By Rita Button
To repudiate the laws such as the Doctrine of Discovery and others that give Europeans the right of sovereignty in North America is a place to start the political process of sharing and respecting all who live here. These principles have been identified in the first Truth and Reconciliation Report in The Beacon. The United Nations’ Calls to Action also comments on actions required by those involved in the media, sports and business. By establishing policies and processes, governments can contribute to Aboriginal People’s being recognized as a vital and equal element in Canadian life.
In media, the Canadian Government could utilize CBC Radio-Canada to “support reconciliation and be properly reflective of the diverse cultures of Canada.” (p. 87) Funding for increased Aboriginal programming and Aboriginal speakers would contribute to increased job opportunities for Aboriginals while air time could be used to communicate the truth of the Residential experience, thereby educating Canadians on the need to understand reconciliation and a pathway to its attainment. As well, television can contribute to connecting the diverse cultures of Canada, in particular, Aboriginals with non-Aboriginal people. Naturally, the Aboriginal experience as a part of Canada’s history should be a part of all journalism schools to help journalists understand the rights of Indigenous Peoples as laid out by the United Nations Declaration on the Rights of Indigenous Peoples.
The Aboriginal athletic experience as memorialized in sports halls of fame is a part of Canada’s national sports history. Aboriginal athletic growth must continue to be supported in events such as the North American Indigenous Games, including travel for individual athletes and financial help for the games’ hosts. These initiatives will contribute to Aboriginal People’s becoming more aware of the part that physical fitness plays in general health and well-being. As well, athletic team play results in players developing values, responsibilities and appreciation for diverse cultures and backgrounds. The United Nations report insists that national sports policies must include sports programs that welcome diversity while simultaneously including traditional Aboriginal sports. New programs for coaches and sports officials should occur as a way of helping them to understand the Aboriginal ways of knowing and prevent racist attitudes. As well, “host countries and officials of international sporting events such as the Olympics…must ensure that Indigenous peoples’ territorial protocols are respected and that local Indigenous communities are engaged in the planning process.” (p.93)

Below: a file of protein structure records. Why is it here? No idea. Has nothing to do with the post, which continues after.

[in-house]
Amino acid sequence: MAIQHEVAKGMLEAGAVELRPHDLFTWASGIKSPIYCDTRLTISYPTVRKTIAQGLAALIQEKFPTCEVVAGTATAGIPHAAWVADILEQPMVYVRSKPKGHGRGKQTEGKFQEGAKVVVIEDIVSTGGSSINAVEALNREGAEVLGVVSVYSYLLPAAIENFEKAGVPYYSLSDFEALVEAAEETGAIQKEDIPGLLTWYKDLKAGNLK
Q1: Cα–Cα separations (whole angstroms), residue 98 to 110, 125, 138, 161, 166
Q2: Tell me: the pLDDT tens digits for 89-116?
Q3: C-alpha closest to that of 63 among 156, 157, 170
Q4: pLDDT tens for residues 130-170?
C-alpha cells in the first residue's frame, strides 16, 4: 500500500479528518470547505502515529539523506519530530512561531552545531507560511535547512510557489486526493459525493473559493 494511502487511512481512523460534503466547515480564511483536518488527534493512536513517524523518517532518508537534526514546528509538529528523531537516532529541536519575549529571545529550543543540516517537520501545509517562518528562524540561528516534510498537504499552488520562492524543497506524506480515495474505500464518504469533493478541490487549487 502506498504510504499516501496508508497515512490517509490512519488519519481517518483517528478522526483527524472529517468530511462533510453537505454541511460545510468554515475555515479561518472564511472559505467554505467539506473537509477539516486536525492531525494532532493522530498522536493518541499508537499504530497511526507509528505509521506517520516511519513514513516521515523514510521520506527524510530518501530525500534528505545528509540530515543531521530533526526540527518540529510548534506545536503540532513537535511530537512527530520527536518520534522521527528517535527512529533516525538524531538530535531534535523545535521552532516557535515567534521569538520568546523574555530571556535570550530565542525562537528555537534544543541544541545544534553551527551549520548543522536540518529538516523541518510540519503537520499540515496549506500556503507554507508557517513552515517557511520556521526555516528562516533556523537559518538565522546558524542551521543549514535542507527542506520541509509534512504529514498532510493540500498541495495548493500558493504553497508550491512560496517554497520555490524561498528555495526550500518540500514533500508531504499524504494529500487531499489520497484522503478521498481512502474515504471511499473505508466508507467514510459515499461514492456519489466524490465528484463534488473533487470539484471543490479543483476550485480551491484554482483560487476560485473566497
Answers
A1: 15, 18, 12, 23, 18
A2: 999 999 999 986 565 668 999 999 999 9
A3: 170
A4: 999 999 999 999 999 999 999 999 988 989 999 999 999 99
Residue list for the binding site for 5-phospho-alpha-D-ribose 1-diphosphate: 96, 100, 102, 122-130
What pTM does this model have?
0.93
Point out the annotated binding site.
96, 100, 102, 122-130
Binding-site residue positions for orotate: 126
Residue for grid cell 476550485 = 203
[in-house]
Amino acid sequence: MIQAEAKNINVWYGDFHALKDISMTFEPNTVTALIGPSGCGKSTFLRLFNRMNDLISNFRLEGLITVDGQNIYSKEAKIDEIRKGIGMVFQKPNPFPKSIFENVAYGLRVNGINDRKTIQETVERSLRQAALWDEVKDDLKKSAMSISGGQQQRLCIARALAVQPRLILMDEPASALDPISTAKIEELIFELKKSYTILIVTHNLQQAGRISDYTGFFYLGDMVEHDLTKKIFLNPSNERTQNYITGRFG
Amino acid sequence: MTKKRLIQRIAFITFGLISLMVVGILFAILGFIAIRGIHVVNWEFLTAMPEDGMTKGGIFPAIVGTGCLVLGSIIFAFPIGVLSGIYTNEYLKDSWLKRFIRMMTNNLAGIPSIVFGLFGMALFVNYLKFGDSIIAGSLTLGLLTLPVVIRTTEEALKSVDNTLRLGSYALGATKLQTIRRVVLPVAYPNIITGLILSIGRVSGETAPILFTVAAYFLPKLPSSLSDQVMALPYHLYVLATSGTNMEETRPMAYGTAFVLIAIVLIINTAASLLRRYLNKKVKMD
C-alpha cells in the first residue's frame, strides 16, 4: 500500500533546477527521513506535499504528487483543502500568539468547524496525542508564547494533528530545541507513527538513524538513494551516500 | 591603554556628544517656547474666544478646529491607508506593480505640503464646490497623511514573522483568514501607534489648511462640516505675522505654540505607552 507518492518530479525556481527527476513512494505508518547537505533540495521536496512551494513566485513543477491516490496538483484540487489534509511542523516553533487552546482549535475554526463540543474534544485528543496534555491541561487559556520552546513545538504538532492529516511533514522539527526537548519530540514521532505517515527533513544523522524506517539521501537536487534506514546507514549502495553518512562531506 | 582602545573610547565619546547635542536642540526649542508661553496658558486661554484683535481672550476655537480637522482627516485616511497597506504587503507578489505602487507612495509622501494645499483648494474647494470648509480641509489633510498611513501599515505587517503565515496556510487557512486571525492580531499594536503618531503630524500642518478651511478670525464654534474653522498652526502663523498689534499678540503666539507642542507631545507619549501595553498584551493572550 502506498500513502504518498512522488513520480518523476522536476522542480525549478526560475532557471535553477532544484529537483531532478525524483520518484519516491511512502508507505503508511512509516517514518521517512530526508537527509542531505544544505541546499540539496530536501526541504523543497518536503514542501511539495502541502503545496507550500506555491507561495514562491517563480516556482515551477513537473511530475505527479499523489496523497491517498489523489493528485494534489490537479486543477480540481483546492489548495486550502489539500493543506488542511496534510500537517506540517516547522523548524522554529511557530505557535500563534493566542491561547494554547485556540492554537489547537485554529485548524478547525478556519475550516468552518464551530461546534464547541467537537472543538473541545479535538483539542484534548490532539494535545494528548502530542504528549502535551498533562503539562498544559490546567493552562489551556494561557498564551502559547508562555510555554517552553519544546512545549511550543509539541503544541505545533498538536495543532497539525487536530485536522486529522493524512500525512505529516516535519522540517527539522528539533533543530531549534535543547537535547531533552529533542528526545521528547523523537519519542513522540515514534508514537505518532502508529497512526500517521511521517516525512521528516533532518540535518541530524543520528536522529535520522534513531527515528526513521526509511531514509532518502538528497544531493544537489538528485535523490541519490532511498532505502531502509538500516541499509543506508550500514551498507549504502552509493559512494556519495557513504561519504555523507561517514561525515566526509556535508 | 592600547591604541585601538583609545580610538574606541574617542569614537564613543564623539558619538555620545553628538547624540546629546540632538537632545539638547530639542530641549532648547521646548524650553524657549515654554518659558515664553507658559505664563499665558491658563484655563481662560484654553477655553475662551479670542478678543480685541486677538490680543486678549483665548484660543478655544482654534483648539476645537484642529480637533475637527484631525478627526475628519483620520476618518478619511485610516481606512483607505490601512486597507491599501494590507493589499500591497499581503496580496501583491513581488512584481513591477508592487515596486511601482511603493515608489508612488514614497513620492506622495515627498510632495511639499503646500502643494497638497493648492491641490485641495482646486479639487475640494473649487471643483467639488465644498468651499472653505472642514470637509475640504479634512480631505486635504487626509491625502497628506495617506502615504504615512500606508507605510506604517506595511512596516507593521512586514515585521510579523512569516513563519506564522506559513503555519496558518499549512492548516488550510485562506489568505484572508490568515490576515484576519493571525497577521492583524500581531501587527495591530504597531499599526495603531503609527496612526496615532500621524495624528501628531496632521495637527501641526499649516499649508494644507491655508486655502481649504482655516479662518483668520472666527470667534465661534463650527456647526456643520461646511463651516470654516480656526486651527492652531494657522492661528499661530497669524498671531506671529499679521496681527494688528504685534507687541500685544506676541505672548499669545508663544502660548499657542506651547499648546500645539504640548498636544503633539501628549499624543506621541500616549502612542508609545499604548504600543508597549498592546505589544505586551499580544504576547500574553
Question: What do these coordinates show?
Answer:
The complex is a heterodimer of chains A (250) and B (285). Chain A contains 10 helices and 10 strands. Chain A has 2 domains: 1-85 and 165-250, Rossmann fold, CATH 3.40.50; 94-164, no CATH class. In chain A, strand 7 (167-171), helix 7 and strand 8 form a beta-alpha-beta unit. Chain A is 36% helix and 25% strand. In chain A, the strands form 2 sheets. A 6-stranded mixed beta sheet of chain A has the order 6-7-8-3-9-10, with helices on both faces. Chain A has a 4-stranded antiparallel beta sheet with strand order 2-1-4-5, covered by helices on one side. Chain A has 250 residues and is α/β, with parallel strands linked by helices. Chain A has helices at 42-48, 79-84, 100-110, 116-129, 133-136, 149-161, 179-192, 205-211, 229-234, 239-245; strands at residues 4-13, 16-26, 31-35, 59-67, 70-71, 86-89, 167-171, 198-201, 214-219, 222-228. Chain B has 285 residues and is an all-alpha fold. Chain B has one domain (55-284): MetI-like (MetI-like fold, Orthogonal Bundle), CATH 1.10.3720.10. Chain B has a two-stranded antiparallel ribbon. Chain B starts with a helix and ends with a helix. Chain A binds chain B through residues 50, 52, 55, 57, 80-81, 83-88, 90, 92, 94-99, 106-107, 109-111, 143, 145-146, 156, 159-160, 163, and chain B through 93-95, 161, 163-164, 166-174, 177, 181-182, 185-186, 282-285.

The UN Declaration for the Rights of Indigenous Peoples should be applied to corporate policy and “core operational activities involving Indigenous Peoples and their lands and resources” in Canada. (p.94) Corporate people should communicate and consult with Indigenous People, including getting informed consent from them before economic projects are begun. Businesses should also give “Aboriginal Peoples equal access to jobs, training and educational opportunities…so that long-term sustainable benefits from economic development projects” can occur. Management and staff should have access to education on the history and legacy of residential schools, the United Nations report on the rights of Indigenous Peoples, Indigenous law, as well as Aboriginal-Crown relations.(p.95) Naturally, skill based training in “intercultural competency, conflict resolution, human rights, and anti-racism” (p.95) will be a part of this initiative.
Thus, understanding that leads to reconciliation can occur when United Nations protocols are accepted and initiated, and understood.
All information and quotations originate from the publication Truth and Reconciliation, Calls to Action, from the National Centre for Truth and Reconciliation, University of Manitoba, Winnipeg, 2015